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Guilderland Archives — The Altamont Enterprise, May 19, 2011

Police arrest Alsante for Easter “Art” caper at Christ the King

By Saranac Hale Spencer

GUILDERLAND — Police arrested Andrew R. Alsante, 20, for vandalizing Christ the King Church on Easter Sunday and, over the course of their interview, found that he was responsible for four other areas marked by graffiti in town.

“He likens himself to being an artist,” said Charles Tanner, the lead investigator in the case.  Alsante, of 11 Tyler Court, doesn’t have a grudge against the church, Tanner said, and, the officer said, “He was very remorseful.”

Parishoners at Christ the King discovered paint on the outside brick walls of the church that said “Your God is not my salvation” and, painted in black on a statue of Jesus, breasts and male genitalia.

Near the drawings, Alsante left his tag, which begins with a circled letter A and spells artech.  He is interested in both art and technology, Tanner said.

Other sites in town where Alsante left his mark, police said, are the 20 Mall, Brandywine Apartments, Hanna restaurant, and Heritage Village Apartments, where he wrote a message similar to the one at Christ the King Church: “This village is not my heritage.”

Alsante had been a community college student, having taken time off while he works as a clerk, Tanner said, declining to specify where he is employed.

Both Tanner and Captain Curtis Cox stressed that Alsante had not realized the gravity of his actions.  Alsante could not be reached for comment.

“This gentleman has some issues that he needs to address,” Tanner said.  Often, when people are interviewed by police, they see it as an opportunity to open up to a neutral party, Cox said, elaborating.

On Monday, Alsante was charged with two class E felonies, first-degree aggravated harassment and third-degree criminal mischief, and a misdemeanor, making graffiti.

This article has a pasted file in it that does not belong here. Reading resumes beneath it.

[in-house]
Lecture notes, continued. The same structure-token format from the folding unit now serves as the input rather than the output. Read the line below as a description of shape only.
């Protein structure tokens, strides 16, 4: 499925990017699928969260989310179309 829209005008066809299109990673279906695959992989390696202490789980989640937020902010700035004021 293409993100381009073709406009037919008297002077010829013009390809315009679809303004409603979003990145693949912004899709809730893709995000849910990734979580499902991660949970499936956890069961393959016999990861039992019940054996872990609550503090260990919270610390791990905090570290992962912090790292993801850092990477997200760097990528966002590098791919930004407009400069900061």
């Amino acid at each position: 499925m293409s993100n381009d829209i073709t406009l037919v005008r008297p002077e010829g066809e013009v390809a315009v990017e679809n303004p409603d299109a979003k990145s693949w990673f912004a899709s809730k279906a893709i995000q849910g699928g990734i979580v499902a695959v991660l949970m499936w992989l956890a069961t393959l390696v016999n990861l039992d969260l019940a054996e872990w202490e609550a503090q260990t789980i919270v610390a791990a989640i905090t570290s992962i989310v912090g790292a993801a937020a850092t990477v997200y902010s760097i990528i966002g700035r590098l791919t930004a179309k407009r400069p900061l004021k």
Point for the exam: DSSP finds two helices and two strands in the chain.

The first charge was elevated to a class E felony because the graffiti was on a religious building.  Police did not charge Alsante with a hate crime because they could not prove he had malicious intent from the interview, Tanner said.

The investigation is ongoing and there might be a second arrest, Tanner said at a press conference on Monday.  The police department held the conference, Cox said, because there had been such heavy coverage of the crime.  He thanked the media for publicizing the crime, saying that several leads came to the department from young people.

Alsante’s arrest brought some closure for Reverend James Fitzmaurice of Christ the King, he said this week.  Fitzmaurice was also relieved that the church was a random target.

“I will let the court decide,” he said of an appropriate punishment.  He does not want Alsante to perform community service around the church, but would like him to reimburse the insurance company the $4,725 it cost for the repairs to the building and grounds.

Defacing a statue isn’t artistic, Fitzmaurice said, concluding, “He needs to find a better way to express himself.”

Alsante was released without bail, under the supervision of probation, and is due back in town court on May 19.

“I think he was trying to become more artistic,” Tanner said, answering a question about Alsante’s progression.  “I think it was evolving.”

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